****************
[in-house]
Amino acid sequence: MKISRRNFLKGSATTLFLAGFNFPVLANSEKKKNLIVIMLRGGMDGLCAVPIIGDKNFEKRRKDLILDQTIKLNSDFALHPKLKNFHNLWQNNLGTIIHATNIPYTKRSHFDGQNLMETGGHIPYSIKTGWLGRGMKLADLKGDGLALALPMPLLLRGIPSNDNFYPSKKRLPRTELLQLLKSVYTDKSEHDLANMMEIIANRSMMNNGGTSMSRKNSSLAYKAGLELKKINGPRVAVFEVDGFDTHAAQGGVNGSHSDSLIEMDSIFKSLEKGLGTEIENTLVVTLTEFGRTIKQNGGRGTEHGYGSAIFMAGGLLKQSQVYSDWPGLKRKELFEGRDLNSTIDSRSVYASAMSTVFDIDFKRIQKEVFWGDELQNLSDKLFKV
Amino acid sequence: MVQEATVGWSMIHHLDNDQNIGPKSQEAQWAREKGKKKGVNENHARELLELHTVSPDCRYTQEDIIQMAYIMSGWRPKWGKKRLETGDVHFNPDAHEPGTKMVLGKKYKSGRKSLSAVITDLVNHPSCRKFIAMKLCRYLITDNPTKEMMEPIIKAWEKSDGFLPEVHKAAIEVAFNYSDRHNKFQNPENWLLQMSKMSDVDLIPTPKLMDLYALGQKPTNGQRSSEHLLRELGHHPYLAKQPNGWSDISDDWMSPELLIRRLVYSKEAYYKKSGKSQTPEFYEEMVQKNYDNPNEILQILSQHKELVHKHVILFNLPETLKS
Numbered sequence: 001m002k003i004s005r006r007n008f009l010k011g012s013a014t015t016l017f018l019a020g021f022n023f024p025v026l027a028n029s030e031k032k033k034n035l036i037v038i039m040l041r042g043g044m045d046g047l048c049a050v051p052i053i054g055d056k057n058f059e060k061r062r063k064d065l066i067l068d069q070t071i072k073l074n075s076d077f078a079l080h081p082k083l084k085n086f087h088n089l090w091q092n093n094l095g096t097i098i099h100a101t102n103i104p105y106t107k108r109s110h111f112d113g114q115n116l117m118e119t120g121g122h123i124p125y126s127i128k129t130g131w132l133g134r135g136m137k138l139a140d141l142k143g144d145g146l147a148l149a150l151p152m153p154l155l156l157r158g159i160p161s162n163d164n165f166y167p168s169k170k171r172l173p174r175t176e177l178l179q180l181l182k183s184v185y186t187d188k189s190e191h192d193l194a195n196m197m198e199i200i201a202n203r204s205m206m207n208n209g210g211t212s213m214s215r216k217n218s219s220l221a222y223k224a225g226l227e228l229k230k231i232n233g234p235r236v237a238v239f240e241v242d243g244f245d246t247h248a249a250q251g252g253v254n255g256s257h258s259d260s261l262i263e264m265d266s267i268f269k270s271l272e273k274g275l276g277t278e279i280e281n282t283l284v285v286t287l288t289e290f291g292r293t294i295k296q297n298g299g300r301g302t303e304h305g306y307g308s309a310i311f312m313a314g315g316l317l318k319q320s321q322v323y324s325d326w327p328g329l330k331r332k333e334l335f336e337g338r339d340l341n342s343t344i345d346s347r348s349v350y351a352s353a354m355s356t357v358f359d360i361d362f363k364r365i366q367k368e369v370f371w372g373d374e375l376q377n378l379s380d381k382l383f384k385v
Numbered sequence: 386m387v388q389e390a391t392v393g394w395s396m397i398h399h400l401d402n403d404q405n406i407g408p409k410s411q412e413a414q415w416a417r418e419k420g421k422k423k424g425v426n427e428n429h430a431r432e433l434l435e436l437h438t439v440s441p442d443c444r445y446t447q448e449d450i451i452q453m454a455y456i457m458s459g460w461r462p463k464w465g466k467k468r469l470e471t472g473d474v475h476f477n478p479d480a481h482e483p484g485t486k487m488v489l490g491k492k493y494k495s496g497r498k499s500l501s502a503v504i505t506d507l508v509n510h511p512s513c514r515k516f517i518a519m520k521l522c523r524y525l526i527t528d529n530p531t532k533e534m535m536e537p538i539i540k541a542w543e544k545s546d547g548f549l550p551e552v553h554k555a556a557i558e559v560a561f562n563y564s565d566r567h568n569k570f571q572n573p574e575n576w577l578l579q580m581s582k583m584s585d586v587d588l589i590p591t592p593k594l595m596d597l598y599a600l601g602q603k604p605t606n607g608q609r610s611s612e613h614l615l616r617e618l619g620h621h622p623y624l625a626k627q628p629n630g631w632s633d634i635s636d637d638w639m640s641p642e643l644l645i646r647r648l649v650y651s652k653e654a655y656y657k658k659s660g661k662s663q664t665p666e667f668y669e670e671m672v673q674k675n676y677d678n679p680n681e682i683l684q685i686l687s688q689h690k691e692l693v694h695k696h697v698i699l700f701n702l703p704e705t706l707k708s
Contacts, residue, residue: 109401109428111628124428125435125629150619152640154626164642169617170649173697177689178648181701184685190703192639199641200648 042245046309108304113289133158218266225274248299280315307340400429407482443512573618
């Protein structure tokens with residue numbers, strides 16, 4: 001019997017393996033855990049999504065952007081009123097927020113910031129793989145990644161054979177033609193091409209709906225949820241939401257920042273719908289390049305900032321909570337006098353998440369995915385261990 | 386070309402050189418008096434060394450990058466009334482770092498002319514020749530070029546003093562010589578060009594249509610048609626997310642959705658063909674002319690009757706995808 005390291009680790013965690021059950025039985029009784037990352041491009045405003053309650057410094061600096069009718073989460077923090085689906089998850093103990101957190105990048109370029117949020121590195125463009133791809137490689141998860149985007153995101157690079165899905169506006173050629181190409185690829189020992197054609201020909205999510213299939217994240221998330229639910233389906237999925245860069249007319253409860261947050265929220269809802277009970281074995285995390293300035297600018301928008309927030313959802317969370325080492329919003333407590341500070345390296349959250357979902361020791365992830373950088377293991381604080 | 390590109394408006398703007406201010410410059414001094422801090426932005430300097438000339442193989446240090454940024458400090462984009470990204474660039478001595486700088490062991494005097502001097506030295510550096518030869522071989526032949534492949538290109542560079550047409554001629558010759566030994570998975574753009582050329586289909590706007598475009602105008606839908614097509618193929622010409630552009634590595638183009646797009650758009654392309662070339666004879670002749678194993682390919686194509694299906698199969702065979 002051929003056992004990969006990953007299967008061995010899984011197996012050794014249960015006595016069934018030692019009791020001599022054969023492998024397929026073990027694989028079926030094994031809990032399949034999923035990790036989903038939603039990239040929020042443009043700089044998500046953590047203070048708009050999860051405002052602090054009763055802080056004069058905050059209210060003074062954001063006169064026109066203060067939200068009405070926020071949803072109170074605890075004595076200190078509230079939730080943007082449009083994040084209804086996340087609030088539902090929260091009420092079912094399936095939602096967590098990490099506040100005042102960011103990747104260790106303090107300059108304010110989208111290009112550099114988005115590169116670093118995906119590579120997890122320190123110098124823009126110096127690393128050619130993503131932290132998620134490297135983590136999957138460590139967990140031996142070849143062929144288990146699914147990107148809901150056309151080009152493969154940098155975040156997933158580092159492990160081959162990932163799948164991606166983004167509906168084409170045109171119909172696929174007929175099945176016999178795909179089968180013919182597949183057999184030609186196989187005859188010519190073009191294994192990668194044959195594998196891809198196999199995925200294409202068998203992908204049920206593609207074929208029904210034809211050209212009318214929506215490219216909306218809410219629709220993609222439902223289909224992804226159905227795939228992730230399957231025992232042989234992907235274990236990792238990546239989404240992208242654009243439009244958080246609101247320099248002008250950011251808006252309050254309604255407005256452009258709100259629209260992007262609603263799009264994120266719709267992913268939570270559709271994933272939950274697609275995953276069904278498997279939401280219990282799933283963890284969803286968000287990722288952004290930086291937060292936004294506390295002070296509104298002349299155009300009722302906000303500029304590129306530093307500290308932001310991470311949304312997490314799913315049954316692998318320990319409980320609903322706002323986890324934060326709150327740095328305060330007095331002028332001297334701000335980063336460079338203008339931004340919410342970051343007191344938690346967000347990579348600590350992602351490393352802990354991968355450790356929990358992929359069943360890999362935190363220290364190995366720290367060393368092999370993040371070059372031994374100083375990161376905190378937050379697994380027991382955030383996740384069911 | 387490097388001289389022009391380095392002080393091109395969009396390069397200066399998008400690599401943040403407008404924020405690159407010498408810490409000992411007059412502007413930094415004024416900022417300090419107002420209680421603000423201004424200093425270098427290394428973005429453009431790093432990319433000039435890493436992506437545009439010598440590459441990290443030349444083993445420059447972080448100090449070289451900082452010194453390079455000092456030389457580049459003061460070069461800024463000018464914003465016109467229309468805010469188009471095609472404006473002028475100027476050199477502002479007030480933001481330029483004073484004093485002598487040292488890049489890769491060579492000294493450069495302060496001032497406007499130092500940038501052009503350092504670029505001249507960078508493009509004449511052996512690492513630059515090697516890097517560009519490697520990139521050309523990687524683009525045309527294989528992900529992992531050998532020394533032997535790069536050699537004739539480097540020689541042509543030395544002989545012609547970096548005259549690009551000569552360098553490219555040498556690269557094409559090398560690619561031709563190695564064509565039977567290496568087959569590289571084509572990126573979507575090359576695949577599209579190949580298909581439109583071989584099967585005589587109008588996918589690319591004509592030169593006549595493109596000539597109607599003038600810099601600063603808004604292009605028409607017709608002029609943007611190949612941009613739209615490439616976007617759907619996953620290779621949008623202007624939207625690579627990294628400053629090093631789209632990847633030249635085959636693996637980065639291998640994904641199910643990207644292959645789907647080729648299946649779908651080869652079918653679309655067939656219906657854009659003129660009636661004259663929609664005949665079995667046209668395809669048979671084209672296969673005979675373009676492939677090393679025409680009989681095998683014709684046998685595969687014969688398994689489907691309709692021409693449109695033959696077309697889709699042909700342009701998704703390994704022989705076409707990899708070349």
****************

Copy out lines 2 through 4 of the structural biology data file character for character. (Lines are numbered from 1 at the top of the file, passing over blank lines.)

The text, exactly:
Amino acid sequence: MKISRRNFLKGSATTLFLAGFNFPVLANSEKKKNLIVIMLRGGMDGLCAVPIIGDKNFEKRRKDLILDQTIKLNSDFALHPKLKNFHNLWQNNLGTIIHATNIPYTKRSHFDGQNLMETGGHIPYSIKTGWLGRGMKLADLKGDGLALALPMPLLLRGIPSNDNFYPSKKRLPRTELLQLLKSVYTDKSEHDLANMMEIIANRSMMNNGGTSMSRKNSSLAYKAGLELKKINGPRVAVFEVDGFDTHAAQGGVNGSHSDSLIEMDSIFKSLEKGLGTEIENTLVVTLTEFGRTIKQNGGRGTEHGYGSAIFMAGGLLKQSQVYSDWPGLKRKELFEGRDLNSTIDSRSVYASAMSTVFDIDFKRIQKEVFWGDELQNLSDKLFKV
Amino acid sequence: MVQEATVGWSMIHHLDNDQNIGPKSQEAQWAREKGKKKGVNENHARELLELHTVSPDCRYTQEDIIQMAYIMSGWRPKWGKKRLETGDVHFNPDAHEPGTKMVLGKKYKSGRKSLSAVITDLVNHPSCRKFIAMKLCRYLITDNPTKEMMEPIIKAWEKSDGFLPEVHKAAIEVAFNYSDRHNKFQNPENWLLQMSKMSDVDLIPTPKLMDLYALGQKPTNGQRSSEHLLRELGHHPYLAKQPNGWSDISDDWMSPELLIRRLVYSKEAYYKKSGKSQTPEFYEEMVQKNYDNPNEILQILSQHKELVHKHVILFNLPETLKS
Numbered sequence: 001m002k003i004s005r006r007n008f009l010k011g012s013a014t015t016l017f018l019a020g021f022n023f024p025v026l027a028n029s030e031k032k033k034n035l036i037v038i039m040l041r042g043g044m045d046g047l048c049a050v051p052i053i054g055d056k057n058f059e060k061r062r063k064d065l066i067l068d069q070t071i072k073l074n075s076d077f078a079l080h081p082k083l084k085n086f087h088n089l090w091q092n093n094l095g096t097i098i099h100a101t102n103i104p105y106t107k108r109s110h111f112d113g114q115n116l117m118e119t120g121g122h123i124p125y126s127i128k129t130g131w132l133g134r135g136m137k138l139a140d141l142k143g144d145g146l147a148l149a150l151p152m153p154l155l156l157r158g159i160p161s162n163d164n165f166y167p168s169k170k171r172l173p174r175t176e177l178l179q180l181l182k183s184v185y186t187d188k189s190e191h192d193l194a195n196m197m198e199i200i201a202n203r204s205m206m207n208n209g210g211t212s213m214s215r216k217n218s219s220l221a222y223k224a225g226l227e228l229k230k231i232n233g234p235r236v237a238v239f240e241v242d243g244f245d246t247h248a249a250q251g252g253v254n255g256s257h258s259d260s261l262i263e264m265d266s267i268f269k270s271l272e273k274g275l276g277t278e279i280e281n282t283l284v285v286t287l288t289e290f291g292r293t294i295k296q297n298g299g300r301g302t303e304h305g306y307g308s309a310i311f312m313a314g315g316l317l318k319q320s321q322v323y324s325d326w327p328g329l330k331r332k333e334l335f336e337g338r339d340l341n342s343t344i345d346s347r348s349v350y351a352s353a354m355s356t357v358f359d360i361d362f363k364r365i366q367k368e369v370f371w372g373d374e375l376q377n378l379s380d381k382l383f384k385v